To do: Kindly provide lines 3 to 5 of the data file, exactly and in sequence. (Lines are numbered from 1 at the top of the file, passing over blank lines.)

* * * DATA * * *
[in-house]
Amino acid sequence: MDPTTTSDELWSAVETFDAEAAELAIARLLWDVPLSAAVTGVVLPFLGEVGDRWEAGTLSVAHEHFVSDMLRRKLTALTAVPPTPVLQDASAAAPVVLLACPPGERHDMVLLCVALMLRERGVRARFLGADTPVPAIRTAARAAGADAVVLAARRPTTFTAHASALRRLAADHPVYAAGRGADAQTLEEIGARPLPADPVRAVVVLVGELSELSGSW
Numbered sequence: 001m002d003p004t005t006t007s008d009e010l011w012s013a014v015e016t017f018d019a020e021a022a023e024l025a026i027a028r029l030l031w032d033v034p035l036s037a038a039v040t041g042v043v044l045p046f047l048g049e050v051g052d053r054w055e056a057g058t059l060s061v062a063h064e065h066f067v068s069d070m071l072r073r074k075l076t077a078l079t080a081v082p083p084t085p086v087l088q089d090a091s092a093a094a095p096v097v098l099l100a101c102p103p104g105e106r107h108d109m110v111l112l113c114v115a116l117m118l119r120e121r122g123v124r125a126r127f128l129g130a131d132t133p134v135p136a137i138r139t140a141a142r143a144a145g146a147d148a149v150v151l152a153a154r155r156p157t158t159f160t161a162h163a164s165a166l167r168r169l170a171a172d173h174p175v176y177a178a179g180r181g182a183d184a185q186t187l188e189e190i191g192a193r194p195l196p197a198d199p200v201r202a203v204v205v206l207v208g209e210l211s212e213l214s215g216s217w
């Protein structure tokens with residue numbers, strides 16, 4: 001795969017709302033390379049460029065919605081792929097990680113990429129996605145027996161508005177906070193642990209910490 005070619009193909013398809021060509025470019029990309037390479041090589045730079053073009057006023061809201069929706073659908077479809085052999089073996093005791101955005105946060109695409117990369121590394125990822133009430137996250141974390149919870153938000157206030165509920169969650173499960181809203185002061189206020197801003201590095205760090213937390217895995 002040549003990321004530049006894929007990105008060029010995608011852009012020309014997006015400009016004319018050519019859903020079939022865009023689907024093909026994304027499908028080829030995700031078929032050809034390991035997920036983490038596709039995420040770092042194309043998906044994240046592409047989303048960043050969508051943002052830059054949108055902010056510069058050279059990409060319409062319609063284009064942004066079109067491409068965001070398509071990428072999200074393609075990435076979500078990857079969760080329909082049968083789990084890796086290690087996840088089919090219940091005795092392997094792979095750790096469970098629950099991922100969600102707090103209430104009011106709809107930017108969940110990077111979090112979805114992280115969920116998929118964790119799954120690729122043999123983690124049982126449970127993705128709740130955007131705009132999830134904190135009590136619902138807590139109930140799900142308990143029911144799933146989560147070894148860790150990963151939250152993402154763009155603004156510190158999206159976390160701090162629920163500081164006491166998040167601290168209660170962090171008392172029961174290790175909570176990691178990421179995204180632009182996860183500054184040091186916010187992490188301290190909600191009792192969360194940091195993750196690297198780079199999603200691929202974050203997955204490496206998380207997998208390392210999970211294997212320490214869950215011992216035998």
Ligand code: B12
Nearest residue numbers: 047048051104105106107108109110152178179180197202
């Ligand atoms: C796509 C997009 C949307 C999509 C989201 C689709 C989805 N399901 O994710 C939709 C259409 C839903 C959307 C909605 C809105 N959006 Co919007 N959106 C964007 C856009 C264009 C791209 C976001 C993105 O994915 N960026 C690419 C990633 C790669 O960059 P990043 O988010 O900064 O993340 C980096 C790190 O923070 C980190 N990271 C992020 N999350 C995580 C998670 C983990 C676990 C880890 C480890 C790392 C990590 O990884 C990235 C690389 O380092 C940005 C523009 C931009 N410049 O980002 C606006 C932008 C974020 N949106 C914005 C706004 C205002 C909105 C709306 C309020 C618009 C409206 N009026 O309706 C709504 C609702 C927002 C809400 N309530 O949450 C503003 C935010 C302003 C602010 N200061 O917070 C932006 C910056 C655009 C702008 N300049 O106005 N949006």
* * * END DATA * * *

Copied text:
Numbered sequence: 001m002d003p004t005t006t007s008d009e010l011w012s013a014v015e016t017f018d019a020e021a022a023e024l025a026i027a028r029l030l031w032d033v034p035l036s037a038a039v040t041g042v043v044l045p046f047l048g049e050v051g052d053r054w055e056a057g058t059l060s061v062a063h064e065h066f067v068s069d070m071l072r073r074k075l076t077a078l079t080a081v082p083p084t085p086v087l088q089d090a091s092a093a094a095p096v097v098l099l100a101c102p103p104g105e106r107h108d109m110v111l112l113c114v115a116l117m118l119r120e121r122g123v124r125a126r127f128l129g130a131d132t133p134v135p136a137i138r139t140a141a142r143a144a145g146a147d148a149v150v151l152a153a154r155r156p157t158t159f160t161a162h163a164s165a166l167r168r169l170a171a172d173h174p175v176y177a178a179g180r181g182a183d184a185q186t187l188e189e190i191g192a193r194p195l196p197a198d199p200v201r202a203v204v205v206l207v208g209e210l211s212e213l214s215g216s217w
């Protein structure tokens with residue numbers, strides 16, 4: 001795969017709302033390379049460029065919605081792929097990680113990429129996605145027996161508005177906070193642990209910490 005070619009193909013398809021060509025470019029990309037390479041090589045730079053073009057006023061809201069929706073659908077479809085052999089073996093005791101955005105946060109695409117990369121590394125990822133009430137996250141974390149919870153938000157206030165509920169969650173499960181809203185002061189206020197801003201590095205760090213937390217895995 002040549003990321004530049006894929007990105008060029010995608011852009012020309014997006015400009016004319018050519019859903020079939022865009023689907024093909026994304027499908028080829030995700031078929032050809034390991035997920036983490038596709039995420040770092042194309043998906044994240046592409047989303048960043050969508051943002052830059054949108055902010056510069058050279059990409060319409062319609063284009064942004066079109067491409068965001070398509071990428072999200074393609075990435076979500078990857079969760080329909082049968083789990084890796086290690087996840088089919090219940091005795092392997094792979095750790096469970098629950099991922100969600102707090103209430104009011106709809107930017108969940110990077111979090112979805114992280115969920116998929118964790119799954120690729122043999123983690124049982126449970127993705128709740130955007131705009132999830134904190135009590136619902138807590139109930140799900142308990143029911144799933146989560147070894148860790150990963151939250152993402154763009155603004156510190158999206159976390160701090162629920163500081164006491166998040167601290168209660170962090171008392172029961174290790175909570176990691178990421179995204180632009182996860183500054184040091186916010187992490188301290190909600191009792192969360194940091195993750196690297198780079199999603200691929202974050203997955204490496206998380207997998208390392210999970211294997212320490214869950215011992216035998």
Ligand code: B12